According to the report, Congolese military colonel Jean de Dieu Mambweni has been arrested but is not yet formally charged with murder.
Catalán was found dead along with Sharp and their Congolese interpreter in March 2017. They had been kidnapped 16 days previously in the conflict-ridden province of Kasaï-Central, where they had gone to investigate reported human rights abuse.
Two months after the murders, a military prosecutor said that the Democratic Republic of the Congo (DRC) had arrested “two insurgents” on murder and terror charges. DRC authorities would ultimately round up nearly two dozen alleged militia members and charge them with being involved in the killings.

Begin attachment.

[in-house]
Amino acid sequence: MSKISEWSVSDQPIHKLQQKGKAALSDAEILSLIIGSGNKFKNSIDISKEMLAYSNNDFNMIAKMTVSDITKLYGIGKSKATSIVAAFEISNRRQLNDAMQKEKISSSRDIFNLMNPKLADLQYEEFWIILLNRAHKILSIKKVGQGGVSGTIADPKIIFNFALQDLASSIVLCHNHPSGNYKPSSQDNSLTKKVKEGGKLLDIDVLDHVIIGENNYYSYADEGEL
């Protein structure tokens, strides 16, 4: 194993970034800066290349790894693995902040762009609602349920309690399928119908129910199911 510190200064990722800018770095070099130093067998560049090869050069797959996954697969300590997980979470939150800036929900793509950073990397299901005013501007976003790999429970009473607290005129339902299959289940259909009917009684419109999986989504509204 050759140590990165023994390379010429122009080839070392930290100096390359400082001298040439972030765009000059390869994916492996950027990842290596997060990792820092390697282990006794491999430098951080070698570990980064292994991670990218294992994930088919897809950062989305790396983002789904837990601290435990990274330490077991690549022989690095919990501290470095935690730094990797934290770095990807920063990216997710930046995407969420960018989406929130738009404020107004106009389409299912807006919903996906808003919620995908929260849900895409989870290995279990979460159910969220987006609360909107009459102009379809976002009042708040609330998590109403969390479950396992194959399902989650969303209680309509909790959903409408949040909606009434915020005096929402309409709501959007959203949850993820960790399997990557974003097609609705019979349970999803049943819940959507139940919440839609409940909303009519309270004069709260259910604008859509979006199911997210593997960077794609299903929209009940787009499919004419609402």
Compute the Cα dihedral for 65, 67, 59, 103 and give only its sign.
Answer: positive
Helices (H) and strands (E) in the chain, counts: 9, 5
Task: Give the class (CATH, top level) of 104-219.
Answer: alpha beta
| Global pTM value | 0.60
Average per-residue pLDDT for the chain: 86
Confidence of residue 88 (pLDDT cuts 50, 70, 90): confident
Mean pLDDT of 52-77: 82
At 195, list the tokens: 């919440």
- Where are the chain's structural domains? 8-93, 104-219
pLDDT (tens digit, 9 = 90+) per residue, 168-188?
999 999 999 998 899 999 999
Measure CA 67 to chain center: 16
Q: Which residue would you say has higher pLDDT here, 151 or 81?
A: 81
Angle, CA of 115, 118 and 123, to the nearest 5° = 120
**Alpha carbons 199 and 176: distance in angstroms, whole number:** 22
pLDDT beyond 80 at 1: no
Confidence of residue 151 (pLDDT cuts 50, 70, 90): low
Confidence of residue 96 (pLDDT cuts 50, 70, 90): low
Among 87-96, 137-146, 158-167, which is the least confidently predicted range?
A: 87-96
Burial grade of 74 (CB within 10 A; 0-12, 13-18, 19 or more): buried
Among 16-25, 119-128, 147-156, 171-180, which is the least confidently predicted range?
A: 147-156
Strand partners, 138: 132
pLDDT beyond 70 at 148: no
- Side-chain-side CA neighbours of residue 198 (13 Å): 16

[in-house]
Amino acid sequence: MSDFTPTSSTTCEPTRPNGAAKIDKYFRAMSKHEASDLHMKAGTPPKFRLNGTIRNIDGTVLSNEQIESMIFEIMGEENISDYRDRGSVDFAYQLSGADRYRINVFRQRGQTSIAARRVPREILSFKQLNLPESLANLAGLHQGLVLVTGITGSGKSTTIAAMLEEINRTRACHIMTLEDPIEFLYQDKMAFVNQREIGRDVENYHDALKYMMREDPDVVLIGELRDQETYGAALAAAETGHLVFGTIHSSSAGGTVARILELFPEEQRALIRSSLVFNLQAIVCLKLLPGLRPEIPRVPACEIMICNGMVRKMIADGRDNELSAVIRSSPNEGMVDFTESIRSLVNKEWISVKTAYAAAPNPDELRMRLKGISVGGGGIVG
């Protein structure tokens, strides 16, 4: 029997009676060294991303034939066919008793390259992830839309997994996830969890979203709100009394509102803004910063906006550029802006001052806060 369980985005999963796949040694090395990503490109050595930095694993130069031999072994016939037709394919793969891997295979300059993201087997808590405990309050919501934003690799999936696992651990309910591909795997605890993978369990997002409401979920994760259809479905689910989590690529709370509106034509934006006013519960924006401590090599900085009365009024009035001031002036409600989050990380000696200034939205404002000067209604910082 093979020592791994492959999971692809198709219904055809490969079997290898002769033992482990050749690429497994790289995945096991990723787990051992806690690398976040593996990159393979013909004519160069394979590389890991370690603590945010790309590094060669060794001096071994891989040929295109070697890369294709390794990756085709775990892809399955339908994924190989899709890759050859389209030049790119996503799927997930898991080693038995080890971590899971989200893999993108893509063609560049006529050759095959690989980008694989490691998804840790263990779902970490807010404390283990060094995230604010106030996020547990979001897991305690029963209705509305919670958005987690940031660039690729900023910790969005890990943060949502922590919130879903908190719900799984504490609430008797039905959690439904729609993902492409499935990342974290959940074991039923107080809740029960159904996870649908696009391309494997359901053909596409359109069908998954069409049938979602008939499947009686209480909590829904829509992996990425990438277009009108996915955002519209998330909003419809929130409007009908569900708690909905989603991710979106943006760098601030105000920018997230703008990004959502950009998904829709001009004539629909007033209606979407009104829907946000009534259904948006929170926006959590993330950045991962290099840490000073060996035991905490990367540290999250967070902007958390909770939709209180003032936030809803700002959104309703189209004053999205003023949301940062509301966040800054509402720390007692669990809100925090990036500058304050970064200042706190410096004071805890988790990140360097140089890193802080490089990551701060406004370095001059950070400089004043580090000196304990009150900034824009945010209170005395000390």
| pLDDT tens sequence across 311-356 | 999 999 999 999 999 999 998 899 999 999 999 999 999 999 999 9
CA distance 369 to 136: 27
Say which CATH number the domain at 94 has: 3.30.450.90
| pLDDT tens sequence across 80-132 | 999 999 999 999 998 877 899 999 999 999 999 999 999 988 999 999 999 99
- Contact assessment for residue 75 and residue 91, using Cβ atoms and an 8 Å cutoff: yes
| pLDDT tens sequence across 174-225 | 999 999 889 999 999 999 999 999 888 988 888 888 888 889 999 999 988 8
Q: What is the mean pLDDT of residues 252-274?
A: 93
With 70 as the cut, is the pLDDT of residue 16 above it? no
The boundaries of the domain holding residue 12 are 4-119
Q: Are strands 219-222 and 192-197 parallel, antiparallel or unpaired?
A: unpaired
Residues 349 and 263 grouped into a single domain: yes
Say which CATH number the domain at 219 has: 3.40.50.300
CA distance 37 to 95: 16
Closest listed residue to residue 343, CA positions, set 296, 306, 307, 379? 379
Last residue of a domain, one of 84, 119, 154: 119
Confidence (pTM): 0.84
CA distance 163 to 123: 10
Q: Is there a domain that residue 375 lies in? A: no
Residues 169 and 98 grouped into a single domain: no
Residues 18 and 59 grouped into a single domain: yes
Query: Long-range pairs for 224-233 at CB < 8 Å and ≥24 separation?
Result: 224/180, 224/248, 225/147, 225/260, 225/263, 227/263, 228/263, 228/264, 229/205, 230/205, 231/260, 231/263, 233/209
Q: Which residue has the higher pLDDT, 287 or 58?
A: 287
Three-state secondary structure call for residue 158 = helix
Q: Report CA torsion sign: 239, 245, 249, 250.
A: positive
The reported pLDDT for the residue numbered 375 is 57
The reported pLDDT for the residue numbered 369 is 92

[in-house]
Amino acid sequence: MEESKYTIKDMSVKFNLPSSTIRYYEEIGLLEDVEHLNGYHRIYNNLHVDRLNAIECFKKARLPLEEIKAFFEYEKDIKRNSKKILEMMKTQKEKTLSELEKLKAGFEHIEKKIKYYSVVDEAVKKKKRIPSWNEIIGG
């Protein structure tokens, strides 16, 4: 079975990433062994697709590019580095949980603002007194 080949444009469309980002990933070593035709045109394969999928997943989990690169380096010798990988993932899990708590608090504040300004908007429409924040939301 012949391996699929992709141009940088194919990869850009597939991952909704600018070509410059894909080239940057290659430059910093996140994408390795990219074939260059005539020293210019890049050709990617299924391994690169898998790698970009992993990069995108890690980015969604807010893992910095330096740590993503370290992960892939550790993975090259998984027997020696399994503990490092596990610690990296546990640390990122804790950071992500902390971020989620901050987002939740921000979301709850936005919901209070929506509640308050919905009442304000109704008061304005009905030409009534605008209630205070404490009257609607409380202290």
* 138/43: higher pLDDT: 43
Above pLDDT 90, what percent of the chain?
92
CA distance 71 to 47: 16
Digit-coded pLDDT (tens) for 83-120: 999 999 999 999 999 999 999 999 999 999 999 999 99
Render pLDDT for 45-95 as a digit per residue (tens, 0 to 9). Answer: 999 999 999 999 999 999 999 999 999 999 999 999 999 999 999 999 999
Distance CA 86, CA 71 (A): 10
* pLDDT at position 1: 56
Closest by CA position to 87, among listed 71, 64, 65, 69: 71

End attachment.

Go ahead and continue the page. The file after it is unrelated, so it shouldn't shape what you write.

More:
Authorities denied any involvement of Congolese soldiers in the killings but NGO groups said it was possible that Congolese forces could have taken part in the kidnapping and murders of the UN personnel.
“Given the implication of Congolese army soldiers in much of the violence, we have serious doubts about the Congolese authorities' ability or willingness to carry out a credible, independent investigation,” Ida Sawyer, Human Rights Watch's Central Africa director, said in May 2017.
In connection with Mambweni’s arrest, a new audio recording was submitted into evidence as proof that Mambweni had met with Catalán and Sharp for lunch two days before they were assassinated. He has previously denied having met with them before the murders.
Catalán, a dual Swedish-Chilean national, was 36 years old at the time of her death. Sharp was 34.